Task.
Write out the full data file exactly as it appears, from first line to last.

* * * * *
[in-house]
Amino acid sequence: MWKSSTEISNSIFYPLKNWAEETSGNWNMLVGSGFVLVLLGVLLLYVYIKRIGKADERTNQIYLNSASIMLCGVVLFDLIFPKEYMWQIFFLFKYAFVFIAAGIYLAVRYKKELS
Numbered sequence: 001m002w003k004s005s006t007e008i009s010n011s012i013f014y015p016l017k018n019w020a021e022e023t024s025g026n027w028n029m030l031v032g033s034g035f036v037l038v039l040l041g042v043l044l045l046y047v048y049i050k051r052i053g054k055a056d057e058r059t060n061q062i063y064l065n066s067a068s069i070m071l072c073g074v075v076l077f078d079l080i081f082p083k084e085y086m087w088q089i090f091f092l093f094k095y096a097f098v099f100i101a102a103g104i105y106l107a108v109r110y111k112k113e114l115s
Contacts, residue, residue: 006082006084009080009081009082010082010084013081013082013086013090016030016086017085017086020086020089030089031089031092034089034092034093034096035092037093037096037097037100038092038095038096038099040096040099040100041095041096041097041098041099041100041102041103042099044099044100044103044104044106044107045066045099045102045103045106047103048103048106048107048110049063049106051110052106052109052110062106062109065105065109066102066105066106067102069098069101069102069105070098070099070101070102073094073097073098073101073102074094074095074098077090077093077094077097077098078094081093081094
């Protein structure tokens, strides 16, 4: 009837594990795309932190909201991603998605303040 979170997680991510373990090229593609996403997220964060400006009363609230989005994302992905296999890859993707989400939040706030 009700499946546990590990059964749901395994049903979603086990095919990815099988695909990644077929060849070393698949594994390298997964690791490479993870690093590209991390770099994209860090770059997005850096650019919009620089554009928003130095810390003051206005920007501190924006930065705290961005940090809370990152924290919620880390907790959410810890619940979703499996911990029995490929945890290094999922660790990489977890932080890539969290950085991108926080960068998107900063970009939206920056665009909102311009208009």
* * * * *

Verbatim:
[in-house]
Amino acid sequence: MWKSSTEISNSIFYPLKNWAEETSGNWNMLVGSGFVLVLLGVLLLYVYIKRIGKADERTNQIYLNSASIMLCGVVLFDLIFPKEYMWQIFFLFKYAFVFIAAGIYLAVRYKKELS
Numbered sequence: 001m002w003k004s005s006t007e008i009s010n011s012i013f014y015p016l017k018n019w020a021e022e023t024s025g026n027w028n029m030l031v032g033s034g035f036v037l038v039l040l041g042v043l044l045l046y047v048y049i050k051r052i053g054k055a056d057e058r059t060n061q062i063y064l065n066s067a068s069i070m071l072c073g074v075v076l077f078d079l080i081f082p083k084e085y086m087w088q089i090f091f092l093f094k095y096a097f098v099f100i101a102a103g104i105y106l107a108v109r110y111k112k113e114l115s
Contacts, residue, residue: 006082006084009080009081009082010082010084013081013082013086013090016030016086017085017086020086020089030089031089031092034089034092034093034096035092037093037096037097037100038092038095038096038099040096040099040100041095041096041097041098041099041100041102041103042099044099044100044103044104044106044107045066045099045102045103045106047103048103048106048107048110049063049106051110052106052109052110062106062109065105065109066102066105066106067102069098069101069102069105070098070099070101070102073094073097073098073101073102074094074095074098077090077093077094077097077098078094081093081094
């Protein structure tokens, strides 16, 4: 009837594990795309932190909201991603998605303040 979170997680991510373990090229593609996403997220964060400006009363609230989005994302992905296999890859993707989400939040706030 009700499946546990590990059964749901395994049903979603086990095919990815099988695909990644077929060849070393698949594994390298997964690791490479993870690093590209991390770099994209860090770059997005850096650019919009620089554009928003130095810390003051206005920007501190924006930065705290961005940090809370990152924290919620880390907790959410810890619940979703499996911990029995490929945890290094999922660790990489977890932080890539969290950085991108926080960068998107900063970009939206920056665009909102311009208009």